Pressed close, the scent of his skin, the thrill in mine – the whole sensory overload – makes my pulse race, not just in a swoony, soundtrack-and-fireworks way, but actual palpitations, like “oh crap, I think I’m having a cardiac arrest”.

Spark centres around Evie, our aforementioned awesome female protagonist. Evie’s mum has just died and she’s now living with her aunt. One bright spot is her reconnection with her childhood best friend, Kitty. But seeing Kitty again changes something in Evie, and suddenly she (and we) are propelled into a world of purposely modified DNA, Sparks, Shields and Strays.

To try and put this simply, Evie is part of a DNA modification experiment gone wrong, and now she’s a Shield, driven to protect Kitty, her Spark, from a Stray – a similarly DNA modified human who’s now driven to kill Kitty. Throw in an attraction to Kitty’s brother and you’ve got yourself a hit!

Did you get all that? Because believe me, that’s the basic explanation. Craw does an excellent job of fitting a large amount of exposition into a small amount of time and not making it hugely obvious. Evie struggles to understand what’s going on, which makes her very believable and empathetic because the reader is being taken along on that journey with her.

The second best thing (I’ll get to the first) about Spark was the drive that comes from the story. We barrel along at a stunning pace, and Craw and her editors keep things tight. The writing is spot on and strong enough to not allow the pace to overtake it.

The best thing about Spark is Evie. What a great female character. She reminds me of some of the best action movie females – strong enough to kick lots of arse, vulnerable enough to be a bit unsure about it and very smart.

I think as a young adult book Spark works extremely well. There may be some readers who find it overwhelming but it largely avoids the traps of being too “messagey”, too detached from the realities of life, and too obviously gender focused.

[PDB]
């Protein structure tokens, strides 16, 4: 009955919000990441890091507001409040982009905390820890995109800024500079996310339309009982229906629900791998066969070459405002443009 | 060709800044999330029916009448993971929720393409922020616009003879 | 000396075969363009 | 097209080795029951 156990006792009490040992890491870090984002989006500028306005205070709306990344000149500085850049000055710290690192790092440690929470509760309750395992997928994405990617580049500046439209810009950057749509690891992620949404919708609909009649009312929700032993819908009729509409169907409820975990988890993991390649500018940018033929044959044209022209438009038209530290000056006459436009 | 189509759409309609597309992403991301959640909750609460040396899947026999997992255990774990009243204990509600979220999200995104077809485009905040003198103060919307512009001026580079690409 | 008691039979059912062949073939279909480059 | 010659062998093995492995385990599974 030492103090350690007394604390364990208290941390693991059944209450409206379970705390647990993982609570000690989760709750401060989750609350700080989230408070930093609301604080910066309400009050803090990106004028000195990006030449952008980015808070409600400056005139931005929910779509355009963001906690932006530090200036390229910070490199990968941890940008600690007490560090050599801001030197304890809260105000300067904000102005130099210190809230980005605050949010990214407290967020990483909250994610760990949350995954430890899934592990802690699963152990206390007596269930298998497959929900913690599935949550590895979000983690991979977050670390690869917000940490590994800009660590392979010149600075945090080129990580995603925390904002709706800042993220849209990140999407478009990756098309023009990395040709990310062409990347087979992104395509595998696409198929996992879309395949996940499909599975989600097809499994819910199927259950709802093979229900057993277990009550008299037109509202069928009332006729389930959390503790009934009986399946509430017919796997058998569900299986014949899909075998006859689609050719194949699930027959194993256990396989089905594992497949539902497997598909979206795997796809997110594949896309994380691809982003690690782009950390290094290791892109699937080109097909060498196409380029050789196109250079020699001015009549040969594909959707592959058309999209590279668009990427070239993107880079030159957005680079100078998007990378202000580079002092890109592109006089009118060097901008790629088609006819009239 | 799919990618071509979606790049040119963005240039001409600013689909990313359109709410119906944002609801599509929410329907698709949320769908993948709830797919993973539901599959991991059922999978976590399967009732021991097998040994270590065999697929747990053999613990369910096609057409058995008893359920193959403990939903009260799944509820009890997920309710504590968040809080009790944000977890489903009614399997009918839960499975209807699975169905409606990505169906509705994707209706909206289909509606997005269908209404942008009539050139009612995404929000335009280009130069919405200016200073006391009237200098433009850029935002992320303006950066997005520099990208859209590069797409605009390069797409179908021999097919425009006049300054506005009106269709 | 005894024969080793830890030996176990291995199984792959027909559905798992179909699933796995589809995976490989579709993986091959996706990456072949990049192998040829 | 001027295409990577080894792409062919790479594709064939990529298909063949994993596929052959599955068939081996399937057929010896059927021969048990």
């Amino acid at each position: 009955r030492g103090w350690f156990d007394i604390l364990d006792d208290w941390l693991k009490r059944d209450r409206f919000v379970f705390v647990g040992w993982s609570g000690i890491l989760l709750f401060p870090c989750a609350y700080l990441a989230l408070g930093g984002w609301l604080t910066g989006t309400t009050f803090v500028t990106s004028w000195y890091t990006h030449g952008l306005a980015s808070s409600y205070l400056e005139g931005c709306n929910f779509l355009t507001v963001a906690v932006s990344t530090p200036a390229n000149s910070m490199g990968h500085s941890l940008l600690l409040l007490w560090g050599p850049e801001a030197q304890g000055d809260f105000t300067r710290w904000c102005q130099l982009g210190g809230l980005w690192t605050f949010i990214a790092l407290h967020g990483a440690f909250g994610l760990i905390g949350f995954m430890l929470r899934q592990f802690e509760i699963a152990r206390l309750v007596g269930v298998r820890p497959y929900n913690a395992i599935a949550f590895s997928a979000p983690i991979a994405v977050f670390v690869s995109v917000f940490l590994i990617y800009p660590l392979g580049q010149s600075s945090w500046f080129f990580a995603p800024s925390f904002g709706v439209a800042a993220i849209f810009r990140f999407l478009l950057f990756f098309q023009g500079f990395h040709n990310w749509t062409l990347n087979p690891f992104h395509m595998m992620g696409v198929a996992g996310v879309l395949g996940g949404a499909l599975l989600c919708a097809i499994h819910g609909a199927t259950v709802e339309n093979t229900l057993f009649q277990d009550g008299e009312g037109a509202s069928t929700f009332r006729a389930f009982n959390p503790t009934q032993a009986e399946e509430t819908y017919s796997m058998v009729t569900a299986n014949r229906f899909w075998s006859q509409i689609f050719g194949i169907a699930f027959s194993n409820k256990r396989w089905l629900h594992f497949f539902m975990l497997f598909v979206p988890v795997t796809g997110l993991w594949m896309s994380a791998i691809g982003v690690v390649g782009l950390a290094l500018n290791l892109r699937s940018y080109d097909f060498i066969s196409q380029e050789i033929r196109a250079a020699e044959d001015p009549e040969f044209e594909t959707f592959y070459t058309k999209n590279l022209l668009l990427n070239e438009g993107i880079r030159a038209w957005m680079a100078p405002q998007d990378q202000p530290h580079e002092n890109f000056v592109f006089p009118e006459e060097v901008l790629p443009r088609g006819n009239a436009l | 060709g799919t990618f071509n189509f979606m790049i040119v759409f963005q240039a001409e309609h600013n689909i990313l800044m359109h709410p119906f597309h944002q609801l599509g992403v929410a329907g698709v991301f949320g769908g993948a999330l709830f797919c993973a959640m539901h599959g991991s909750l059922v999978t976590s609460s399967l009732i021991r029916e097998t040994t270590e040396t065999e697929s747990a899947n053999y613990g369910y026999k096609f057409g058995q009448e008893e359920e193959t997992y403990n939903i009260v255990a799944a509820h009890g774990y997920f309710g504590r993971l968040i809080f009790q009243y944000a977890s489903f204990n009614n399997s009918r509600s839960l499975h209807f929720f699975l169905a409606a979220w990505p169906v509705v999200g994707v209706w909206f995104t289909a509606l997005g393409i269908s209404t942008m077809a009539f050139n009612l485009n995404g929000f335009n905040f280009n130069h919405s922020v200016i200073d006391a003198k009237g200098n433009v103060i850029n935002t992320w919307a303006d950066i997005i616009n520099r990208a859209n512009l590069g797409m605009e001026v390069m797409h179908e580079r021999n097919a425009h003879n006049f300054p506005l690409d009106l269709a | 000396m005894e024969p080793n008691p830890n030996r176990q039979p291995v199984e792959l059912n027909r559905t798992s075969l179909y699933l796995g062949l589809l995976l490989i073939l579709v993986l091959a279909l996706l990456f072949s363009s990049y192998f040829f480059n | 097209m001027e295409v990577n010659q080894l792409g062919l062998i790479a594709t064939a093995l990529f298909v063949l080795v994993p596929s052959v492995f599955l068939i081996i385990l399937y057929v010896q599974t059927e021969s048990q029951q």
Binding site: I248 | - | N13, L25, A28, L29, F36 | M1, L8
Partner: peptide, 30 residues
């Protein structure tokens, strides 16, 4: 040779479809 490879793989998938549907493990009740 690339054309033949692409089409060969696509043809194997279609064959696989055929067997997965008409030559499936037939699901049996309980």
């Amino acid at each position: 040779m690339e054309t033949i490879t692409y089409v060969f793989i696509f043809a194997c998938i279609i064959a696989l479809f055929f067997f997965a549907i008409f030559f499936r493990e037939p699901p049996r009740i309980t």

Christmas is coming soon and Spark should rightly be on every teenage book lover’s wishlist. And the best news? There’s two more books to come in this story!

Win a copy of Play in the Garden by Sarah O’Neil

Play in the Garden cover imageKids don’t have the patience or the interest in having their own garden patch, they just want to have fun! Sarah O’Neil knows this well. Her series of clever outdoor projects will get kids outside throughout the growing season, having fun in the vegetable garden. While learning to grow vegetables is covered in the book, the focus is on various cool projects to make and do – with and without the help of grown-ups – and kids will discover at the end that they have learned a lot about gardening. There’s text and side-bars for kids and grown-ups.

Beginning in the spring, they can get their hands dirty testing soil, fool the birds with stone strawberries, race Jack up the beanstalk, stir pots of stinky weed brew, grow plants for free, create a pirate map and find buried treasure, craft corn dolls, design their own stepping stones, and more.

Thanks to New Holland I’ve got a copy of Play in the Garden to give away! Entering is easy – just fill in the form below and submit and you’re in the draw. And here’s the review I gave on MoreFM earlier this week:

This competition is now closed.

 Play in the Garden Competition Terms & Conditions

  1. Winner will be chosen at random from complete entries.
  2. Prize will only be sent to a New Zealand postal address.
  3. Entries will not be stored, used for any other purposes, or on-sold. Entrants’ details are only collected for purposes of sending out prize and will then be deleted.